Don’t Go It Alone: Finding Support in Life With Sarcoidosis
By the time this column is published, I will have seen my specialist at the Johns Hopkins Sarcoidosis Clinic in Baltimore, Maryland. Although I live in Brooklyn, New York, I still visit my specialist three times a year.
Admittedly, technology and mobile apps make it easy to reach my doctor between appointments (thank you, MyChart), but having regularly scheduled visits is still vital. Because all of my appointments have been virtual since the COVID-19 pandemic began, this will be my first time seeing my doctor in person in a while. Funnily enough, I am excited — or at least, as excited as one can be to see a doctor.
After so many years of visiting the clinic, I value the feedback and support I receive. In fact, despite having many excellent doctors in Maryland, my providers at the Johns Hopkins clinic were the only ones I kept seeing after I moved to New York in 2019. After all, there aren’t many clinics devoted specifically to my rare disease, and even fewer that are as world-renowned as Hopkins. Even though appointments involve hours of travel, it was an easy decision to stay.
However, what also convinced me to stay with Hopkins was the unfortunate lack of proper sarcoidosis care I’ve seen over the years.
Sarcoidosis is an odd disease that presents differently in each person. That is why so many of my fellow sarc fighters refer to themselves as “snowflakes.” My combination of sarc-affected organs (lungs, skin, and bones) may be quite different from another patient’s. Even if the exact same organs are affected in both of us, our condition may vary in severity. This lack of consistency undoubtedly makes it tough for healthcare providers to diagnose and treat sarcoidosis, and it certainly makes it tough on us patients.
This is where we can begin to address the lack of sufficient medical support for sarcoidosis fighters.
From patient conferences sponsored by the Foundation for Sarcoidosis Research (FSR) to discussions on social media, I often hear that many sarc fighters struggle to find helpful healthcare providers.
Some can’t find a specialist in their area. Others come across doctors who don’t seem to understand or believe that it’s sarcoidosis. And still others find a specialist but can’t easily visit them due to distance, a lack of resources, or other issues.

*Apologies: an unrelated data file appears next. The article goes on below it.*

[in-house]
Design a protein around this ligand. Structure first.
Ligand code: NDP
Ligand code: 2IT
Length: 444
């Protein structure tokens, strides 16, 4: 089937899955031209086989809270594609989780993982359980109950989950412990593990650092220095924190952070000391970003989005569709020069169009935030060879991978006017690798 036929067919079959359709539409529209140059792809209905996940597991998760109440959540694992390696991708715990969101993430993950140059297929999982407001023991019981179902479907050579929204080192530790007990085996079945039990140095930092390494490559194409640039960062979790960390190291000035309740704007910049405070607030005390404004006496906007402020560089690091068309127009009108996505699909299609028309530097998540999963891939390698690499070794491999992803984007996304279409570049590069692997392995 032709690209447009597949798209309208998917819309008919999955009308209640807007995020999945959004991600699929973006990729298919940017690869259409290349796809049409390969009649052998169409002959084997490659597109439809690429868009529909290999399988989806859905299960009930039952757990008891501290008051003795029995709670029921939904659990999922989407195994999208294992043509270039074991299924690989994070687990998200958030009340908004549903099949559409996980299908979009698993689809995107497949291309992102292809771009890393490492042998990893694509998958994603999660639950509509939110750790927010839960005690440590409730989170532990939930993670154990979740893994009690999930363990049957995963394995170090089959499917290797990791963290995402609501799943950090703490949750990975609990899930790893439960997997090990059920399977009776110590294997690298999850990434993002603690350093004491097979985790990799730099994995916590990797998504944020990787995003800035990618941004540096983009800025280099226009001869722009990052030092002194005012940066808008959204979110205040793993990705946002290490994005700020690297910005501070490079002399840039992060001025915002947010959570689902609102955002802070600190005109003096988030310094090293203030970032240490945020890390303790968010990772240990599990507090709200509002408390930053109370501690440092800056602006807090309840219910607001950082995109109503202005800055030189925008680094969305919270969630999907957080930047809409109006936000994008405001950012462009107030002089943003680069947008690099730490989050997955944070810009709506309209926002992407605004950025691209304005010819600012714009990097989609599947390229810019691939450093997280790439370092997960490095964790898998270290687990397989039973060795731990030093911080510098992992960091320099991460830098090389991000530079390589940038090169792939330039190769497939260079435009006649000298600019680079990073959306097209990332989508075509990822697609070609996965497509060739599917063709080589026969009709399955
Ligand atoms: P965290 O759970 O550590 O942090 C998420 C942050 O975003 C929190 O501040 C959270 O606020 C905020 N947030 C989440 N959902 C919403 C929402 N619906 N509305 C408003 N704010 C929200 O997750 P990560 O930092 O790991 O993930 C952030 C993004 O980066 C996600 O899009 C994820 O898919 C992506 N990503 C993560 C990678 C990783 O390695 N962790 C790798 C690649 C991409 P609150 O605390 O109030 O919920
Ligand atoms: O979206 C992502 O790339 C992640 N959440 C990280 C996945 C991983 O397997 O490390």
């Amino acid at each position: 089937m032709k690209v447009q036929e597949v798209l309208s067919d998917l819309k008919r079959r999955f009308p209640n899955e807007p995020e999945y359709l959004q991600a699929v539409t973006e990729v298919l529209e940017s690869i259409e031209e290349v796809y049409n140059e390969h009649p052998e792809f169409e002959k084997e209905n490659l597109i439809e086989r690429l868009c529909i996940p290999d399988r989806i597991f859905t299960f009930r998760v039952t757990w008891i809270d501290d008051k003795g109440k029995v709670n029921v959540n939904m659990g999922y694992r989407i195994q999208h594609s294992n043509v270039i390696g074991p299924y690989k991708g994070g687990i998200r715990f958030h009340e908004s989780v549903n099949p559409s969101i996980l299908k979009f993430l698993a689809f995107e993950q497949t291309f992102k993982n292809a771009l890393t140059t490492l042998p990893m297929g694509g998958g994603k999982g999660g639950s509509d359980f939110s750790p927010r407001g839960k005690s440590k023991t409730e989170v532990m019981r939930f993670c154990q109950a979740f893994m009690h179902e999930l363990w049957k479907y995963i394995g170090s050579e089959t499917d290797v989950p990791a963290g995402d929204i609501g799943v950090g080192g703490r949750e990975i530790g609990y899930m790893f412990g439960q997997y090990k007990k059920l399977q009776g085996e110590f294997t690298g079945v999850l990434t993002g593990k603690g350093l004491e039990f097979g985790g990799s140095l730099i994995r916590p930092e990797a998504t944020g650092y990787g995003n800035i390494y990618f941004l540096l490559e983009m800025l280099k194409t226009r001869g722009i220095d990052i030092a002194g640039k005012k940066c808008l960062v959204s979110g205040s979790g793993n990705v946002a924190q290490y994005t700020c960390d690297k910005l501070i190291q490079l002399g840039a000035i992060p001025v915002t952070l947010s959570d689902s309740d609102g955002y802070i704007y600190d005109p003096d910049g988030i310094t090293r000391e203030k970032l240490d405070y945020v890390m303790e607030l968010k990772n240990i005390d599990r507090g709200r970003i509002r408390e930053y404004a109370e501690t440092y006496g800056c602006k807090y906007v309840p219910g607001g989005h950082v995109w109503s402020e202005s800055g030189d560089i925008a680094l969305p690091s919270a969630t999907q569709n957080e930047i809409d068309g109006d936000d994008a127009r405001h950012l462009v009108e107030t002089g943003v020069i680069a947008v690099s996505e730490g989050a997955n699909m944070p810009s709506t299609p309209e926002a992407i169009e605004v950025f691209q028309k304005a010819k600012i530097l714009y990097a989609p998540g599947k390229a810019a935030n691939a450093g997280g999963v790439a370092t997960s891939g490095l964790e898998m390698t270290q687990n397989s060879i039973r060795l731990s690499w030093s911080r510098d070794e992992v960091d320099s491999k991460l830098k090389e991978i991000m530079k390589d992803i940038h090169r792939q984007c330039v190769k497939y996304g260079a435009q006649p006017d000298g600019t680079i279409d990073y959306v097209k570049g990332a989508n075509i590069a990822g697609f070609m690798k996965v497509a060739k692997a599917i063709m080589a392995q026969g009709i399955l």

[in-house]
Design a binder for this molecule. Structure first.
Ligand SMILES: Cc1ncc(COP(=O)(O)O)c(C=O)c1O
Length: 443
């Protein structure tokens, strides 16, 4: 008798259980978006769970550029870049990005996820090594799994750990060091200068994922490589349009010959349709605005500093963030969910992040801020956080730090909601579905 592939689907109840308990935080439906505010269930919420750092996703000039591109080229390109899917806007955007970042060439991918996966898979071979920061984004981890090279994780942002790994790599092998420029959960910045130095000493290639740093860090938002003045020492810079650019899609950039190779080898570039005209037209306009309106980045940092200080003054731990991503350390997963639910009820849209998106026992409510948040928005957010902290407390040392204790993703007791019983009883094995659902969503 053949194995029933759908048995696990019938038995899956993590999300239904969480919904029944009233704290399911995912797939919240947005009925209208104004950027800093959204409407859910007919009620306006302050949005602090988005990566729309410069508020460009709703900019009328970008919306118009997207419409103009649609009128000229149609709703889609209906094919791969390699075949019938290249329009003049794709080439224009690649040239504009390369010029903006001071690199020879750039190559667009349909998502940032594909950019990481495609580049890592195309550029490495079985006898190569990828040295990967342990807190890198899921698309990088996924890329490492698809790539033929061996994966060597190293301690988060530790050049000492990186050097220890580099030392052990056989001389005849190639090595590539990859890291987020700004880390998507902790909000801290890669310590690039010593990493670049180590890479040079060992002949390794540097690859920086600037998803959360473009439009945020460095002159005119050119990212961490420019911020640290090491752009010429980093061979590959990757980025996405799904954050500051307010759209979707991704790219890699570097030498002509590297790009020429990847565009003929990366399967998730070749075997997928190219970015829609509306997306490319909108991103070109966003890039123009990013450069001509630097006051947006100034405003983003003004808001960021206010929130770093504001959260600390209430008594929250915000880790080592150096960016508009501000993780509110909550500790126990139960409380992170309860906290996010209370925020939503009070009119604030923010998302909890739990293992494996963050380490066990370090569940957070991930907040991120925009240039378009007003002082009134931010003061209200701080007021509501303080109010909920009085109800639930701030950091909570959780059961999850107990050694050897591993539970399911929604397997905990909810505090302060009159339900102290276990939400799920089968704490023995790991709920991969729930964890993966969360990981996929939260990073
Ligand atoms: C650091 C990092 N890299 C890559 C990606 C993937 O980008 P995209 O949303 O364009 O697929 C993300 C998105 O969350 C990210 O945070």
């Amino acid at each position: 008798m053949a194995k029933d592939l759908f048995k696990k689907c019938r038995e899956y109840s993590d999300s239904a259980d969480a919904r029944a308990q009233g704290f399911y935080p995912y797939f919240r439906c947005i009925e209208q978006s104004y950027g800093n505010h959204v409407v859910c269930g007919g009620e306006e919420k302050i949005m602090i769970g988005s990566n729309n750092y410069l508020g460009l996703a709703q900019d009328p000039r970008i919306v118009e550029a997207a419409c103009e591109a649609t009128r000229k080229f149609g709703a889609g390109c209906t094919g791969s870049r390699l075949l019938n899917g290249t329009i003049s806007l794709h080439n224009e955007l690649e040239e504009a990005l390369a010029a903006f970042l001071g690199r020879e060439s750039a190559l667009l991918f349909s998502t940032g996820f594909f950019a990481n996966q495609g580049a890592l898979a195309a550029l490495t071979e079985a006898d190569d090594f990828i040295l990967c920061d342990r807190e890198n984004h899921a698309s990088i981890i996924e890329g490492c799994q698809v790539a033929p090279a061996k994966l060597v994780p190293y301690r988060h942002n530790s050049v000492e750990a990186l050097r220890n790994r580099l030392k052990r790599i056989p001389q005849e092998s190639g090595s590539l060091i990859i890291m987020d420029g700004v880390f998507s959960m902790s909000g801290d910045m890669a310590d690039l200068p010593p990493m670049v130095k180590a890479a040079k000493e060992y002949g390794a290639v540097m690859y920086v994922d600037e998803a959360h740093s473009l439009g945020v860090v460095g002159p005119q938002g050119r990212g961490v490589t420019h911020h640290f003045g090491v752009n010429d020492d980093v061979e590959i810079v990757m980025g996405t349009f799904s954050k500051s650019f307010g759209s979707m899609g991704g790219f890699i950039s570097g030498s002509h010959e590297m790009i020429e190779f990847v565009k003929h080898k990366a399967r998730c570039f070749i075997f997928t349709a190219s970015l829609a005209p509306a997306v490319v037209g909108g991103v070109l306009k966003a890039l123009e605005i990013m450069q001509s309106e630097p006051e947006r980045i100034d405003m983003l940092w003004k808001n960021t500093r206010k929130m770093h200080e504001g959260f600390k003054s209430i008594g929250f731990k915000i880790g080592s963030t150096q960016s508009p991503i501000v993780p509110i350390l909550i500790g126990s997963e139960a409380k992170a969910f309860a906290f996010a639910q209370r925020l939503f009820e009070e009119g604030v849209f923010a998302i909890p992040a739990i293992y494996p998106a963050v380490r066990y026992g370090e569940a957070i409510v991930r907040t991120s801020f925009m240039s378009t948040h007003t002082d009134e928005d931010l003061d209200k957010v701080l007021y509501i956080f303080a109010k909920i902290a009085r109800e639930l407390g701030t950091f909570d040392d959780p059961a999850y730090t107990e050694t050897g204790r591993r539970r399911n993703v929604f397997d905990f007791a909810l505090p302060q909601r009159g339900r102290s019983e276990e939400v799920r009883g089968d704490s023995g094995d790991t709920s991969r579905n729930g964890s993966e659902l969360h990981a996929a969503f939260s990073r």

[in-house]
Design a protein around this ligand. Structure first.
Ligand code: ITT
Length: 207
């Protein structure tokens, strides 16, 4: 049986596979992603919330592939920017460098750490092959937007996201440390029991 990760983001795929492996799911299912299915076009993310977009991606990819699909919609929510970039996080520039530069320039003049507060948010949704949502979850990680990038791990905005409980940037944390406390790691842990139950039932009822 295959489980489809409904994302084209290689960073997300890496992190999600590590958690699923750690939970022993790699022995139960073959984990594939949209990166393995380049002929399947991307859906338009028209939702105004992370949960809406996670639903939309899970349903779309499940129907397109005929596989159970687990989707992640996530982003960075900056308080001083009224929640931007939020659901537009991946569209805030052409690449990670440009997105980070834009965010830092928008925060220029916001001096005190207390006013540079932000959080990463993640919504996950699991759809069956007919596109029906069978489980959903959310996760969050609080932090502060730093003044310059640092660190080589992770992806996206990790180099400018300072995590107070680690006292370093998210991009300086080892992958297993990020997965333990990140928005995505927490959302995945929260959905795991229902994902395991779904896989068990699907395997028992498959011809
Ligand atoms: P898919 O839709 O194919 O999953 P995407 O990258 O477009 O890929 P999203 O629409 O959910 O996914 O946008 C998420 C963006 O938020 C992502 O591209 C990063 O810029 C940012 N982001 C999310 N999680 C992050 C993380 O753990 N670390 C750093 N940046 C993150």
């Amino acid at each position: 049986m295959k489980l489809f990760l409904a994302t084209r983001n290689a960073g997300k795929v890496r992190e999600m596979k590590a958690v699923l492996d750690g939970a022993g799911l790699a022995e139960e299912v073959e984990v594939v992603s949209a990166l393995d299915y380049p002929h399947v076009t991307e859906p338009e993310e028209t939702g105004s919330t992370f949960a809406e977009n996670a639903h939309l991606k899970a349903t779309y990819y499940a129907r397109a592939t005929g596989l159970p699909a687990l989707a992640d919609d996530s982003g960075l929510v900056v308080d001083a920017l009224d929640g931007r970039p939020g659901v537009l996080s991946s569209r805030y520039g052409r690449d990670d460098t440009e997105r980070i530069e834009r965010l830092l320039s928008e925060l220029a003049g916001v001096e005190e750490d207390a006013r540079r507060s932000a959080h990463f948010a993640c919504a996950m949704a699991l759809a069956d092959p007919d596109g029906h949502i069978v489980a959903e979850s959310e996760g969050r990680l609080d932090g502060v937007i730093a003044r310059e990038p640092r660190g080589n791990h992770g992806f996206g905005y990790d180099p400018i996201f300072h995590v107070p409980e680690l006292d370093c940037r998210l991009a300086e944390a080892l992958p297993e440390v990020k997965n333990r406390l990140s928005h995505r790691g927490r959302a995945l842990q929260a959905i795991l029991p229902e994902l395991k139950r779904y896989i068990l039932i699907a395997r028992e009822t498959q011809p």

This can be the sad reality of living with a chronic rare disease. Without a strong medical support team, sarcoidosis can be very difficult to manage.
Fortunately, my former primary care doctor in Maryland immediately referred me to the Hopkins clinic after my diagnosis. While it took over a year to be admitted, I was able to find great healthcare support until then.
My journey has been better than that of many others. I am fortunate to be able to actively participate in my care.
For those who are still searching for support, or even someone to simply believe you, I encourage you to seek out resources such as the FSR or communities on social media. This disease can be overwhelming, even for those of us who have managed it for years.
Please, don’t go it alone.
Note: Sarcoidosis News is strictly a news and information website about the disease. It does not provide medical advice, diagnosis, or treatment. This content is not intended to be a substitute for professional medical advice, diagnosis, or treatment. Always seek the advice of your physician or other qualified health provider with any questions you may have regarding a medical condition. Never disregard professional medical advice or delay in seeking it because of something you have read on this website. The opinions expressed in this column are not those of Sarcoidosis News or its parent company, BioNews, and are intended to spark discussion about issues pertaining to sarcoidosis.